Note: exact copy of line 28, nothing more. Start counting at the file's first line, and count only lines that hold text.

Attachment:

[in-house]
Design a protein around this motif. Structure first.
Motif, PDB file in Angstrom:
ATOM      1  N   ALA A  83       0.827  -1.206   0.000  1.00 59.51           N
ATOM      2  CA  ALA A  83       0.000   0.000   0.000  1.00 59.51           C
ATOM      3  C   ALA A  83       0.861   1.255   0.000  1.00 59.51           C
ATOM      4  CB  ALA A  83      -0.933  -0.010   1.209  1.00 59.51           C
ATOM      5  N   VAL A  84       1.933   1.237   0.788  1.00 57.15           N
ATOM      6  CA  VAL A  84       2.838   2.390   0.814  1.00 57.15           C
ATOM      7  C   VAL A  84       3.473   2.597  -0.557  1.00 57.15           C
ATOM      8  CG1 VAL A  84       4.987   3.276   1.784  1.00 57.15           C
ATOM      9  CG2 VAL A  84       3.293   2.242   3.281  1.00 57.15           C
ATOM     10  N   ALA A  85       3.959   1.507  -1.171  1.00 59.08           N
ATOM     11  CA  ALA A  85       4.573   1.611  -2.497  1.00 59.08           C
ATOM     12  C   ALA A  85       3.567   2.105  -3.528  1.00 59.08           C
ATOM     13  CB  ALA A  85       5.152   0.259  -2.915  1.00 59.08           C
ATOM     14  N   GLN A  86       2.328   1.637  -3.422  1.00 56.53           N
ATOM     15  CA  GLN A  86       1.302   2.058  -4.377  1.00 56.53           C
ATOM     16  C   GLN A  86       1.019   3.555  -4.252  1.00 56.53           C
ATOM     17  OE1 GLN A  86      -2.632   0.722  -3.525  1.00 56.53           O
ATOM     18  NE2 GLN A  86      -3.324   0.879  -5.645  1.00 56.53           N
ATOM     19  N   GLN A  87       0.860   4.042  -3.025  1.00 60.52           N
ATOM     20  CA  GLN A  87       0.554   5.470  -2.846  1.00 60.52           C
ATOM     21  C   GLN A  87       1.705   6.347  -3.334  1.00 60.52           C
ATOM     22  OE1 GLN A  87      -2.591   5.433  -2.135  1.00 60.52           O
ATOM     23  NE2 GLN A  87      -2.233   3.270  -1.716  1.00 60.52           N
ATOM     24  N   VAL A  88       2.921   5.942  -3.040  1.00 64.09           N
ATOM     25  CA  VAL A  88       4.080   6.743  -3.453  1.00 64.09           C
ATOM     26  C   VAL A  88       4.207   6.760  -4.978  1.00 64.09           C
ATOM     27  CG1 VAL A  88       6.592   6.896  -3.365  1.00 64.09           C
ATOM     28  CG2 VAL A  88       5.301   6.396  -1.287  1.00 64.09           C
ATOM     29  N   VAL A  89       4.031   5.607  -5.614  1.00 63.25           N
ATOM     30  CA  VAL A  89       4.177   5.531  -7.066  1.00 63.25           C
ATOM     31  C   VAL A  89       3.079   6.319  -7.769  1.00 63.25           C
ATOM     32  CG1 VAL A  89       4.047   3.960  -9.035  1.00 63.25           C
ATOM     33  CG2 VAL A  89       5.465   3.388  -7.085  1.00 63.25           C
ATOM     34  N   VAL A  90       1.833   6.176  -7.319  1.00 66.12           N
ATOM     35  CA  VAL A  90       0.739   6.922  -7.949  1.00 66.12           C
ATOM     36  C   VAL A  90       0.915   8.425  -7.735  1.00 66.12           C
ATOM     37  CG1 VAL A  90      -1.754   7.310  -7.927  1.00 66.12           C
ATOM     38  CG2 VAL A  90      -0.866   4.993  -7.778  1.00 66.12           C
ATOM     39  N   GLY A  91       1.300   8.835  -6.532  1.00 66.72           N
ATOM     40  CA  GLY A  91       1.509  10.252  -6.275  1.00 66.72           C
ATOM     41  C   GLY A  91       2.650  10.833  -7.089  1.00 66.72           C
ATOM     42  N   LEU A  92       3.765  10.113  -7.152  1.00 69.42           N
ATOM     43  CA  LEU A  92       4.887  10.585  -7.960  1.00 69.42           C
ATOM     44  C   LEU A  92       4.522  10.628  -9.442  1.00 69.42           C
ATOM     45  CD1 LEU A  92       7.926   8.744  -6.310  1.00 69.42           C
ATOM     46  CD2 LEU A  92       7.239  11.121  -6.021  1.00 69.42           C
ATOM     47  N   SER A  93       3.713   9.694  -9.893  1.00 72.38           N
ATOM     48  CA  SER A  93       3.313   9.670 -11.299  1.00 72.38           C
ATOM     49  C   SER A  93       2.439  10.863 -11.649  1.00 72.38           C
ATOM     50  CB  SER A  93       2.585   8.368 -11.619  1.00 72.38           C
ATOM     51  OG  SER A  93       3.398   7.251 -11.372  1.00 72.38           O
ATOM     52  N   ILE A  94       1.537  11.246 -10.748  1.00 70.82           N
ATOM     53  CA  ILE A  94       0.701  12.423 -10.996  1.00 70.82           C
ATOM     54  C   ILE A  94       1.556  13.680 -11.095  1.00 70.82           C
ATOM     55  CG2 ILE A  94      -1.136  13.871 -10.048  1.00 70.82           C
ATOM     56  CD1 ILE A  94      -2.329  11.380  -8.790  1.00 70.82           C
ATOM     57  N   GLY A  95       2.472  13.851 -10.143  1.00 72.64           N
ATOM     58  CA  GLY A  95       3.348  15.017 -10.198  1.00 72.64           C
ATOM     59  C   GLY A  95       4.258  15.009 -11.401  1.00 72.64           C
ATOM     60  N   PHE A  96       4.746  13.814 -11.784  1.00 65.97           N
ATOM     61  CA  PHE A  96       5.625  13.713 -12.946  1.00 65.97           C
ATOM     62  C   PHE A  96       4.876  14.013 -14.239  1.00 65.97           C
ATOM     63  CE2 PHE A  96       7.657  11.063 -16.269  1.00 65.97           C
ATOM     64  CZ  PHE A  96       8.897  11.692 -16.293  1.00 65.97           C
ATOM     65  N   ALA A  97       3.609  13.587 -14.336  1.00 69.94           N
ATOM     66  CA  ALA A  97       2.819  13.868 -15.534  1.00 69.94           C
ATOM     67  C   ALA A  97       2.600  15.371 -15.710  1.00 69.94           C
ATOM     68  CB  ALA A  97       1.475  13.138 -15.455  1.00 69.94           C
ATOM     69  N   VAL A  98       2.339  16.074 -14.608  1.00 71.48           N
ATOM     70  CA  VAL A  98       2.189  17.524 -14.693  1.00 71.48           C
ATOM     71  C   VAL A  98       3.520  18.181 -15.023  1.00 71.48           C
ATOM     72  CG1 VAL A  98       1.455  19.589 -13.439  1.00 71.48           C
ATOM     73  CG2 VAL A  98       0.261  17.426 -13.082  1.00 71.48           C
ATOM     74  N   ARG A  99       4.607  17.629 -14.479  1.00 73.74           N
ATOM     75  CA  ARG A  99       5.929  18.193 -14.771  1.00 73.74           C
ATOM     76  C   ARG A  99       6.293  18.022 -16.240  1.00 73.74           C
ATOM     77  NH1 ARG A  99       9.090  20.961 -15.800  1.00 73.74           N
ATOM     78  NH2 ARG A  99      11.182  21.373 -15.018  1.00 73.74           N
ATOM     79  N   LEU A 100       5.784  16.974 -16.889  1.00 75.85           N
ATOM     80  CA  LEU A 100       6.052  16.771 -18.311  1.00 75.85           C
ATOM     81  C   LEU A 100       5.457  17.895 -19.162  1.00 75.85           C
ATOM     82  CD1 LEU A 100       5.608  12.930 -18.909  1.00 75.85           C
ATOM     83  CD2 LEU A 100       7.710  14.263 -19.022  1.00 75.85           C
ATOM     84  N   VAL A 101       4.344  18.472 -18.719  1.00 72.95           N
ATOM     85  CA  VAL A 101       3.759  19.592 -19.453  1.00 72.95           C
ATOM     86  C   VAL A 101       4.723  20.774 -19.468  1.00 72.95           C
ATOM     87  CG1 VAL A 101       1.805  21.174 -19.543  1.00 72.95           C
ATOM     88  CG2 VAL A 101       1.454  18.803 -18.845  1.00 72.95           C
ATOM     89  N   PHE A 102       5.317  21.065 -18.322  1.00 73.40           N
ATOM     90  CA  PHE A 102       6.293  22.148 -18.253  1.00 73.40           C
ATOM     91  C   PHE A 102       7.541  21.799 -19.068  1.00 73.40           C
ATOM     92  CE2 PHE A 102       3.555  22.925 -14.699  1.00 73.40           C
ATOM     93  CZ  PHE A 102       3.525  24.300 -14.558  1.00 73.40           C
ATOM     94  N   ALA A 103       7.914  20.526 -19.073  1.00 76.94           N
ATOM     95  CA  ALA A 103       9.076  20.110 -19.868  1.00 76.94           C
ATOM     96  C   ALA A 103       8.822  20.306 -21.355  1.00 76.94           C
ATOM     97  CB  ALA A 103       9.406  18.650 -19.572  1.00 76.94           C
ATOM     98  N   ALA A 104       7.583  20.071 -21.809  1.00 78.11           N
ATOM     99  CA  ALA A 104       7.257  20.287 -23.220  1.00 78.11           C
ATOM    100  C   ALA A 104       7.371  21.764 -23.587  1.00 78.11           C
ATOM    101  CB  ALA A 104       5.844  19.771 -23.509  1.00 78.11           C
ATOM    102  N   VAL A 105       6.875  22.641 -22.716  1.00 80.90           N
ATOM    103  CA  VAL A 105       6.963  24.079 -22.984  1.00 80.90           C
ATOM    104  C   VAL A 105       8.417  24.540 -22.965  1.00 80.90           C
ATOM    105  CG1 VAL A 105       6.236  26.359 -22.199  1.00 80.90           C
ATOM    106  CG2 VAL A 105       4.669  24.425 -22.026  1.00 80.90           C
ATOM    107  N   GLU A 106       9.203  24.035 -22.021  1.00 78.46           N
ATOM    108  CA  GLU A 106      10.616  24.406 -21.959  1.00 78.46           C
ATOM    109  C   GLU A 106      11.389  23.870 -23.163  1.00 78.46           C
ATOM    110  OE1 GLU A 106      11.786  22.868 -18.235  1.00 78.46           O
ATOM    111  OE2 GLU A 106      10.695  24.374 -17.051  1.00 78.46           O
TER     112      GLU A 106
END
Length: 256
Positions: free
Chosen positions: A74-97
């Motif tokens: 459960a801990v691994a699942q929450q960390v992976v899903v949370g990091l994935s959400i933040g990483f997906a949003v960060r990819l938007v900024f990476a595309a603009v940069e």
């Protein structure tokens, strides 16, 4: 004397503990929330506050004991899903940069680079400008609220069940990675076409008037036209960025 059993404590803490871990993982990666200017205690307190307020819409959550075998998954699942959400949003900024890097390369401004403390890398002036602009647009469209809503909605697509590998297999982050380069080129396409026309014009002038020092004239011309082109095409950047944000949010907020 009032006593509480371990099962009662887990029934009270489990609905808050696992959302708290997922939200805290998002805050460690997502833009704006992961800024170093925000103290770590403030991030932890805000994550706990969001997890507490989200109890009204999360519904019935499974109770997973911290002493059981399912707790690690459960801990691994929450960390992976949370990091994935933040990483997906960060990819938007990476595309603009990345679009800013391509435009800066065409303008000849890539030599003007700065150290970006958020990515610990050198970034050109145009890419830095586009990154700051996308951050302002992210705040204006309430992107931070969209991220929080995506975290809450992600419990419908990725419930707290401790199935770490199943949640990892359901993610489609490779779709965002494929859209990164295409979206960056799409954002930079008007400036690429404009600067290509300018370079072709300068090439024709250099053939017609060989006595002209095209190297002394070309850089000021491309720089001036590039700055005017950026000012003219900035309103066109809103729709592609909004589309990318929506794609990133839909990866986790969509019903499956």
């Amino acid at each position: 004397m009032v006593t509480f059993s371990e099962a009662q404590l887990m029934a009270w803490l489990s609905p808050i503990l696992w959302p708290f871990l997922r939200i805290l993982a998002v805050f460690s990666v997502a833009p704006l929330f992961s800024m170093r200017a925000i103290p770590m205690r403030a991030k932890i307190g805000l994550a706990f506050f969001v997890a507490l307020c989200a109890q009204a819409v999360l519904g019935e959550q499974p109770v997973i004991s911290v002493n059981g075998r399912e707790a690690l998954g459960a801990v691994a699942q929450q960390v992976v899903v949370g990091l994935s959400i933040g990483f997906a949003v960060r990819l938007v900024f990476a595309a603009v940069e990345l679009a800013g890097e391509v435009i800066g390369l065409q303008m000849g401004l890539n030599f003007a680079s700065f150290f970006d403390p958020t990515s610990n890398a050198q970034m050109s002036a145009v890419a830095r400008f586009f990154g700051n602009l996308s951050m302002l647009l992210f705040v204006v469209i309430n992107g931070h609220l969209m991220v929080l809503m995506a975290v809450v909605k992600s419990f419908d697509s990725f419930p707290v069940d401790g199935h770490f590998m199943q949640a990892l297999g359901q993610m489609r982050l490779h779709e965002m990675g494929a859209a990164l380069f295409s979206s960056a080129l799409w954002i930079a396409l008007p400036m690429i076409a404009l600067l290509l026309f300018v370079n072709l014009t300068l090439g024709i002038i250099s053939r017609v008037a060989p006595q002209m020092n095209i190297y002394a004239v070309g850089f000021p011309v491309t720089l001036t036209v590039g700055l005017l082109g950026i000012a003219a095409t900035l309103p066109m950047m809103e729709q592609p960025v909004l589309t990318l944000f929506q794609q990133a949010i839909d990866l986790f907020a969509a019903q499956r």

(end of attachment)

ATOM     25  CA  VAL A  88       4.080   6.743  -3.453  1.00 64.09           C